Many consider Terrence Malick to be a cinematic genius and philosopher who thinks very deeply. His 2011 film The Tree of Life brought the birth of the universe, the formation galaxies, the ripples of time, the days of the dinosaurs, and an afterlife of Plutonic forms right into the suburban home of an all-American family — severe daddy, dreamy mommy, and a moody son with a dead brother.
Malick's latest film is an ad for one of the biggest automakers in the world, Ford. It is narrated by the Hollywood star, Don Cheadle. Its title: “Leading the Electric Revolution and Sustainability.” What cannot be doubted is that Ford gave the director all the artistic freedom he needed to make exactly his kind of film: lots of striking images that never fail to add up to nothing:
Check out the ad for a new generation of the very popular monster, the F-150 Lightning. This pickup truck, which will run on electricity, promises to make tomorrow a "brand new day," to use the words of Cybertron. Zero emissions. Lots and lots of green jobs. Cheadle's people finally getting a piece of the pie. And so on. But what Malick's ad is really telling us is that we've finally passed from the long period of climate denialism and transitioned to the period of the technological fix. This is what the political economist Philip Mirowski calls the science fiction moment of the crisis. In essence, it comes down to this: The system that created the mess will be the one to fix it, and, most importantly, fix it without changing consumer behavior.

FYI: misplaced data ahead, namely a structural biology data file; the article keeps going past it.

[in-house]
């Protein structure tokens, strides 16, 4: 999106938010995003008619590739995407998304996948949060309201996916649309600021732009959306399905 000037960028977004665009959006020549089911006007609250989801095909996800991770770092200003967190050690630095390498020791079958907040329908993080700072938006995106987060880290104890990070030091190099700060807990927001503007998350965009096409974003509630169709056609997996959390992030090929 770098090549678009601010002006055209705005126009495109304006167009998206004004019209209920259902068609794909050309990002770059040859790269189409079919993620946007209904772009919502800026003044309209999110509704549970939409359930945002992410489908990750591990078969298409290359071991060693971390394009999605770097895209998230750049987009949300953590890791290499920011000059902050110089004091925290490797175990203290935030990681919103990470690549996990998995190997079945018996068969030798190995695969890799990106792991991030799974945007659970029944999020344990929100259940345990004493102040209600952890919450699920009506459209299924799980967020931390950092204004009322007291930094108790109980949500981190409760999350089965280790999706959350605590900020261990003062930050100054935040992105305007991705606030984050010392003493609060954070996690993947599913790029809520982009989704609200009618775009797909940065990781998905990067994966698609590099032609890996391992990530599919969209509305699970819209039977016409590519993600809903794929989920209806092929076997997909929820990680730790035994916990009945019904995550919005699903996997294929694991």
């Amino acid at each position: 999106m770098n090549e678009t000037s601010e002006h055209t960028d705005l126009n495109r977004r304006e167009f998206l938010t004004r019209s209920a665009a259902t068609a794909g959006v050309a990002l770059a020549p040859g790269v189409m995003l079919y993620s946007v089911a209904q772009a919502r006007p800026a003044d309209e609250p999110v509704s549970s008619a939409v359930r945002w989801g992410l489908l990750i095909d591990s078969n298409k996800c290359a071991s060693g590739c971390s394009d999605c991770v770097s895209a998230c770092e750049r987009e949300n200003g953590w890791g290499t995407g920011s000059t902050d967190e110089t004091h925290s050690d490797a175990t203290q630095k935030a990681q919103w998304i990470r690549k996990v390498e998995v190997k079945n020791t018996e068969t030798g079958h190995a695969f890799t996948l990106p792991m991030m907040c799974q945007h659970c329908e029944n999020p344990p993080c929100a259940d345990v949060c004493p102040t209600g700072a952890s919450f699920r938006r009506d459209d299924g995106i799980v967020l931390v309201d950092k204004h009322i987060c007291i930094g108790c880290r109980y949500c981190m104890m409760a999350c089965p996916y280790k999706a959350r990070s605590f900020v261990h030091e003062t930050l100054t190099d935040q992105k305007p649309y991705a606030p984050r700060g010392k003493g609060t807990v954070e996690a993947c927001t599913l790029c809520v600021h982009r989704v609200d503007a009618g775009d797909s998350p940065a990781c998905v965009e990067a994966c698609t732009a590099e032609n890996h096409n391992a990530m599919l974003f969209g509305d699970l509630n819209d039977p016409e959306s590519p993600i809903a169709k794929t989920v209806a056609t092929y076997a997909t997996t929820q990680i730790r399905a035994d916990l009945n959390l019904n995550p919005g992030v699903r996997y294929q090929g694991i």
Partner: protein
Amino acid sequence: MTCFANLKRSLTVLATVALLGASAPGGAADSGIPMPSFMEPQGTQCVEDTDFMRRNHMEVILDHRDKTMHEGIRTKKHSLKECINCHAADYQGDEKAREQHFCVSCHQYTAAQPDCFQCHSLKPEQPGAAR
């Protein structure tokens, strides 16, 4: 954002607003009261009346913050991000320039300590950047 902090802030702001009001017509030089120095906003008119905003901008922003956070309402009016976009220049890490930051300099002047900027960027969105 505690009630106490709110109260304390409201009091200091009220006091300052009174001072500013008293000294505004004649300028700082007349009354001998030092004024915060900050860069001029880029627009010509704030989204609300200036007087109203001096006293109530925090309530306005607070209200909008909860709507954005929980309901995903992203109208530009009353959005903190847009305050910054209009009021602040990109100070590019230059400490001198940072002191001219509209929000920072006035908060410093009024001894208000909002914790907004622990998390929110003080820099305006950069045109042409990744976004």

And indeed, the top engineer of the F-150 Lightning, Linda Zhang, described the appeal of the electric pickup in these hard terms:
Zhang made it clear [to Bloomberg], that Ford isn't focusing on fuel economy as the reason people should switch to an electric truck. It's hard to change people's minds when it comes to the environment, global warming, and their personal habits. Rather than push gas savings and helping the environment, Zhang says Ford wants people to fall in love with the Lightning's capability.
The machine can light your house, carry your golf clubs, and, of course, "store beverages".
There was a time (not that long ago) when automakers impressed on the buyer the moral superiority of green or greenish cars. One ad even had a polar bear hugging (rather than eating) the driver of a Nissan LEAF. The idea there was that you could change the world with your purchasing power. Instead of buying products that did themselves (for example, Coca-Cola), you could buy ones that undid themselves (Diet Coke). The green car was a car without being one. You could buy it without the feeling of guilt. The polar bear will love you to bits. But that way of marketing, which the Slovenian philosopher Slavoj Zizek famously dissected, is, apparently, now a thing of the past.
The electric car of the future is better because it meets more ad-created consumer needs than the gas-powered vehicle. It has more space for your other stuff. This is how Ford selling the Mega Power Frunk.
So, do not worry about polar ice or the bears or those boring warming oceans. Stay focused on all the things you can do with a massive machine that, in reality, you do not need. The technology will take care of the rest. This is Malick's new ad. The lights of F-150 Lightning glow in the magic hour.